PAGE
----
When I was in college, I used to draw comics for Hourly Comic Day, a worldwide experiment where artists document their day through drawing a little panel for every hour they were awake. But now that I'm a homesteader, I thought it would be interesting to document what our typical day looks like, an hour at a time. It's amazing, what every day holds, and this is just the stuff we got on film!
Seeing our full day in a handful like this makes me both thankful, exhausted, and so curious as to what is coming next. As we are right now, we are in constant construction, ever-learning and ever-establishing this patchwork of a homestead. A year ago, I would never have believed that a day like this could be Normal, but here we are, being followed by chickens, cutting trees, and chasing a crazy dream of getting off-grid, as self-sufficient as possible, and teaching our children the way we see fit.
It sometimes slaps me upside the head that we've only been here on our land for a little over 4 months, because it feels like we've always been here. Our Citylife now feels like a lifetime ago, and the strange pattern of waking up, going to work after fighting traffic, and teaching other peoples's children has been replaced with a life that now feels a good deal closer to what Andrew and I think we were made to do. I love getting to wake up and do our morning chores as the sun rises, baking bread, and rediscovering so many skills that so many homesteading women used to know. I feel like a bumbling child sometimes, but every step is a step closer!
At the same time, the blindingly huge array of things that we have yet to learn, or that we realize we don't know, can almost be overwhelming. I glance at our not-yet-a-year-old goats, and I realize I have never hand-milked one before. I move our rabbit tractor, and have no idea when to know the doe is pregnant. I wait for our pullets to become hens and start laying eggs (though the Buff Orpington is a CHAMP and has been laying every other day! HIGH FIVE, PORTIA). I walk over the wild lay of our land where we want to build the house, and the tangled grasses where the garden will be, and it feels huge and exciting and incredibly unknown.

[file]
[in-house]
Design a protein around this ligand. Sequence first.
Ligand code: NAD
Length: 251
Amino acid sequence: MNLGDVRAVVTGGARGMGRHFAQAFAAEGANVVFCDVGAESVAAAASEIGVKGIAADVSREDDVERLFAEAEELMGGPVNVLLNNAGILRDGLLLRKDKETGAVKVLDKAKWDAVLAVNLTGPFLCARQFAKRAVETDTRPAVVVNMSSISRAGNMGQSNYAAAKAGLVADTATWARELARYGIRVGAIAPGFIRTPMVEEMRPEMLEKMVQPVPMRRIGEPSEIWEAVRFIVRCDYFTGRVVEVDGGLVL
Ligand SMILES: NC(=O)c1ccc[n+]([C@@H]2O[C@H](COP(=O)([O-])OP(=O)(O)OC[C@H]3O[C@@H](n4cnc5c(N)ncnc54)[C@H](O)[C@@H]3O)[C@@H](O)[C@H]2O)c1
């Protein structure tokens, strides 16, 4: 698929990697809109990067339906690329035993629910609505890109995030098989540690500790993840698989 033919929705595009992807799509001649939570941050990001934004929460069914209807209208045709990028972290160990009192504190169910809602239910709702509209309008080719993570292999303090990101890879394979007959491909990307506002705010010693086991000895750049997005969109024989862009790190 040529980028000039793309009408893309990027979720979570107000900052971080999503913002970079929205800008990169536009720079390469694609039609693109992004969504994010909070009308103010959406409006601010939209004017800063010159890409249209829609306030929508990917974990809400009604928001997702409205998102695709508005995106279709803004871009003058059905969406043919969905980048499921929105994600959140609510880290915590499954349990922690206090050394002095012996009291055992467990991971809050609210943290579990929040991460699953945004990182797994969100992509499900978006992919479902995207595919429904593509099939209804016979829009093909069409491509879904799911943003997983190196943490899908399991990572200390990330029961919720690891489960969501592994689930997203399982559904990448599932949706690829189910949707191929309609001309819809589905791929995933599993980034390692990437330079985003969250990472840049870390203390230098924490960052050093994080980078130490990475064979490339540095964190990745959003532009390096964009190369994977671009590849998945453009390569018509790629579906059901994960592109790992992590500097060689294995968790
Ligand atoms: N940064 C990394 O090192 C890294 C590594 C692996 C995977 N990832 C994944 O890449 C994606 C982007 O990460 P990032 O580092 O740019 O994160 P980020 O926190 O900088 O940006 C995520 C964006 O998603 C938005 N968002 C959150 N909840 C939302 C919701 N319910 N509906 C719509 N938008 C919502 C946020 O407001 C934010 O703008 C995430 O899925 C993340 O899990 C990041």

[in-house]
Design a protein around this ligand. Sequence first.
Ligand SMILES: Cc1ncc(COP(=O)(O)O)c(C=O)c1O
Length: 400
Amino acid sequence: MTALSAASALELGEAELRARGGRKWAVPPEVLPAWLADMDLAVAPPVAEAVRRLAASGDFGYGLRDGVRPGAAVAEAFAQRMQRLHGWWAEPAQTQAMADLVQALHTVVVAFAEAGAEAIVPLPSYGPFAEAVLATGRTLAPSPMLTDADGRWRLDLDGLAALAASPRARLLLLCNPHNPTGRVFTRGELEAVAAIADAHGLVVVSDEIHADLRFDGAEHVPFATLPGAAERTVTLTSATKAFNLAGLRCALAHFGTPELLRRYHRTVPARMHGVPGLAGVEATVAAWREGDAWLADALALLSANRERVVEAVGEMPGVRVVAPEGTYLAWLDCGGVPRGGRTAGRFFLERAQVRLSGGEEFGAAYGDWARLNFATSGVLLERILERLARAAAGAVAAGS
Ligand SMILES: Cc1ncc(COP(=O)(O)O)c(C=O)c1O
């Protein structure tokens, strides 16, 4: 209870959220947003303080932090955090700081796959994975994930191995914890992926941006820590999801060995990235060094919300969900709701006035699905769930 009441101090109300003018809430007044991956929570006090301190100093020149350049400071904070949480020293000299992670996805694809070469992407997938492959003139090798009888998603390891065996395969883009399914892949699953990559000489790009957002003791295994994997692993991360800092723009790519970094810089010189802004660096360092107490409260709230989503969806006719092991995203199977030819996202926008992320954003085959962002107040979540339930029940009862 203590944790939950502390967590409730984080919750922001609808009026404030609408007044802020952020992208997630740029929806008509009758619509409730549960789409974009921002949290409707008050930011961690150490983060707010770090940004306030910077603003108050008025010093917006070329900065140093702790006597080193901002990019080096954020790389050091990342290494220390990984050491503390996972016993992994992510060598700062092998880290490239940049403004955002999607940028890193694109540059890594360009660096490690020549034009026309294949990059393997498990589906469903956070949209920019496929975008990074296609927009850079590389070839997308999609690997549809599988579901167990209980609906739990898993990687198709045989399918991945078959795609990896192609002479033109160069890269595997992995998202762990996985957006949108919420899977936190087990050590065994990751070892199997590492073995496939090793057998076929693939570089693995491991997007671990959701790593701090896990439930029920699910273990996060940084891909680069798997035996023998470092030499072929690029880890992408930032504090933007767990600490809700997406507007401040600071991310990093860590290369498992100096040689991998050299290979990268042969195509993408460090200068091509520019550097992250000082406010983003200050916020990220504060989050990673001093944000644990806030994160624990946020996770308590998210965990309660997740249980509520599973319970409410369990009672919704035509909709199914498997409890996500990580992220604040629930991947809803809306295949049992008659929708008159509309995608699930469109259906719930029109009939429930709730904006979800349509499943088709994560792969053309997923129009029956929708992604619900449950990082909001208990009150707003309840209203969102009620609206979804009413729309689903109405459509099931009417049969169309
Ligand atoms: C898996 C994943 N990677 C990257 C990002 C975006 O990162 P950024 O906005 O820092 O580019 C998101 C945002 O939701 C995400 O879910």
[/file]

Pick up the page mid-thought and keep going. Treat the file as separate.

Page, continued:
It doesn't become overwhelming, though, and I think this is why. Andrew and I know that our Father will give us as much as we can handle. And today, he gave us a day. Whether things go really well, horribly, or bizzarely, all we have is our waking hours of a day. We don't have to handle the work of a month or a year in that time period--just what we can do with what we have as best we can. And no matter what happens, we can learn from it.
And that makes every day a good one. Not always an easy, happy, or one that we might have chosen for ourselves, but good because we can learn and do better with the next one.
I can't wait to see what tomorrow holds!
We are a husband and wife who are trying to live simply. We are learning much as we transition from life in the city to life in the country. Come along with us, and maybe you can also learn a thing or two as well.
We love writing for these fine folks as well!
|Simple Life Homestead||
Simple Life Homestead